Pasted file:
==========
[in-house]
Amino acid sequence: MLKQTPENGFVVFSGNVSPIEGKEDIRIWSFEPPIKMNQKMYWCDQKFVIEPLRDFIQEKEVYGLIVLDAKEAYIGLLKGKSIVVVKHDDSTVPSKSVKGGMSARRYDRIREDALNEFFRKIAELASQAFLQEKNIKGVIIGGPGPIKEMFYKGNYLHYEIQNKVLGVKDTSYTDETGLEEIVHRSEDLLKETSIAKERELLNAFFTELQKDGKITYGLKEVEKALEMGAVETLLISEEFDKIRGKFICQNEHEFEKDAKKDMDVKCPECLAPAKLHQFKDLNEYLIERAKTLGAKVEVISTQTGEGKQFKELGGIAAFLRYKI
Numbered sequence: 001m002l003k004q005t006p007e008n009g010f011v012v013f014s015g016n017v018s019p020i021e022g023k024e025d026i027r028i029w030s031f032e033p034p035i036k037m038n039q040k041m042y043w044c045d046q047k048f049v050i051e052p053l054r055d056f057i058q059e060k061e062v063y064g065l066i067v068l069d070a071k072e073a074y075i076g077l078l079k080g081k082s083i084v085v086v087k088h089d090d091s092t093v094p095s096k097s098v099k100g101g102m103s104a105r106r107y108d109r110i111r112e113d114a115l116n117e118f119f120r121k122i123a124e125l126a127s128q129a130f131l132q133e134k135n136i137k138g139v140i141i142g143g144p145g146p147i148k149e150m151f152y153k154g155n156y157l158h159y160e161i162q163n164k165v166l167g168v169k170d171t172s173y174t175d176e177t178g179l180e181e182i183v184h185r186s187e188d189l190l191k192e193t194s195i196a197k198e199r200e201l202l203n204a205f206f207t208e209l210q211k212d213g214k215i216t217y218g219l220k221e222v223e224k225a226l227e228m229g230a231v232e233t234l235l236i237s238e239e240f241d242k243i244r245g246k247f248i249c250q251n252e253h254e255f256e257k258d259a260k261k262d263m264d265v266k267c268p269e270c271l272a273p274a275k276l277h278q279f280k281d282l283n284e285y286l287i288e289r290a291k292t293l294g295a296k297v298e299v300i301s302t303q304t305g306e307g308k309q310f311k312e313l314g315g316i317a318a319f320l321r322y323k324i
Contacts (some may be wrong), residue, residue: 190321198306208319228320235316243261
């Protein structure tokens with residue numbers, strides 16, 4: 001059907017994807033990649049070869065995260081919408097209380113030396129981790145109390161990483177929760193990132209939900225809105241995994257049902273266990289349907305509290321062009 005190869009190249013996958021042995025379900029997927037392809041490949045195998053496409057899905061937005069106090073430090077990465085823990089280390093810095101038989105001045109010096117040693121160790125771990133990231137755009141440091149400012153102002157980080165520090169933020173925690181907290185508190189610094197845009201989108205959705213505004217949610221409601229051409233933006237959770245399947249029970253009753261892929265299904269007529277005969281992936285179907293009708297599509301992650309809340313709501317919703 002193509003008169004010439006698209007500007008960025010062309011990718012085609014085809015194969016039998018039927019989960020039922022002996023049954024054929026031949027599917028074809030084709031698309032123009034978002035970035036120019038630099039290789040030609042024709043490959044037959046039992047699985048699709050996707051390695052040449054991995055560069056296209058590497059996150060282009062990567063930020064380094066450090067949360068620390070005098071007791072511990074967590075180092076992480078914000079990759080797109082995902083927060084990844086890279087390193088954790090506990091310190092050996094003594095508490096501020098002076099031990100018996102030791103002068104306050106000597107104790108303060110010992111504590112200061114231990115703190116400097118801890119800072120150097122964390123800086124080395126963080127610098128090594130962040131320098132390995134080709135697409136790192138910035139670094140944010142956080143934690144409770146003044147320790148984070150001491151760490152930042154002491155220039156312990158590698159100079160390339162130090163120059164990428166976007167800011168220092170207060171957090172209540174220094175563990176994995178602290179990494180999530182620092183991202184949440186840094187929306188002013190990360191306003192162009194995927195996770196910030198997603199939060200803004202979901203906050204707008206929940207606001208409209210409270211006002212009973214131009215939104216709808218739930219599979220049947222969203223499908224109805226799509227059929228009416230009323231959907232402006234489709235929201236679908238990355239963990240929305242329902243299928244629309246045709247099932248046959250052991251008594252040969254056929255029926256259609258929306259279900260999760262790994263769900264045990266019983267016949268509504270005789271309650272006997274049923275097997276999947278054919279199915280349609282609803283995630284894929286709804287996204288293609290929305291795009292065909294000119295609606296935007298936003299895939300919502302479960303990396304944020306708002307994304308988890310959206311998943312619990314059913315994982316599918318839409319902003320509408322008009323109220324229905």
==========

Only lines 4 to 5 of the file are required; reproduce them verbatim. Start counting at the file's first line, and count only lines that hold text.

Contacts (some may be wrong), residue, residue: 190321198306208319228320235316243261
């Protein structure tokens with residue numbers, strides 16, 4: 001059907017994807033990649049070869065995260081919408097209380113030396129981790145109390161990483177929760193990132209939900225809105241995994257049902273266990289349907305509290321062009 005190869009190249013996958021042995025379900029997927037392809041490949045195998053496409057899905061937005069106090073430090077990465085823990089280390093810095101038989105001045109010096117040693121160790125771990133990231137755009141440091149400012153102002157980080165520090169933020173925690181907290185508190189610094197845009201989108205959705213505004217949610221409601229051409233933006237959770245399947249029970253009753261892929265299904269007529277005969281992936285179907293009708297599509301992650309809340313709501317919703 002193509003008169004010439006698209007500007008960025010062309011990718012085609014085809015194969016039998018039927019989960020039922022002996023049954024054929026031949027599917028074809030084709031698309032123009034978002035970035036120019038630099039290789040030609042024709043490959044037959046039992047699985048699709050996707051390695052040449054991995055560069056296209058590497059996150060282009062990567063930020064380094066450090067949360068620390070005098071007791072511990074967590075180092076992480078914000079990759080797109082995902083927060084990844086890279087390193088954790090506990091310190092050996094003594095508490096501020098002076099031990100018996102030791103002068104306050106000597107104790108303060110010992111504590112200061114231990115703190116400097118801890119800072120150097122964390123800086124080395126963080127610098128090594130962040131320098132390995134080709135697409136790192138910035139670094140944010142956080143934690144409770146003044147320790148984070150001491151760490152930042154002491155220039156312990158590698159100079160390339162130090163120059164990428166976007167800011168220092170207060171957090172209540174220094175563990176994995178602290179990494180999530182620092183991202184949440186840094187929306188002013190990360191306003192162009194995927195996770196910030198997603199939060200803004202979901203906050204707008206929940207606001208409209210409270211006002212009973214131009215939104216709808218739930219599979220049947222969203223499908224109805226799509227059929228009416230009323231959907232402006234489709235929201236679908238990355239963990240929305242329902243299928244629309246045709247099932248046959250052991251008594252040969254056929255029926256259609258929306259279900260999760262790994263769900264045990266019983267016949268509504270005789271309650272006997274049923275097997276999947278054919279199915280349609282609803283995630284894929286709804287996204288293609290929305291795009292065909294000119295609606296935007298936003299895939300919502302479960303990396304944020306708002307994304308988890310959206311998943312619990314059913315994982316599918318839409319902003320509408322008009323109220324229905």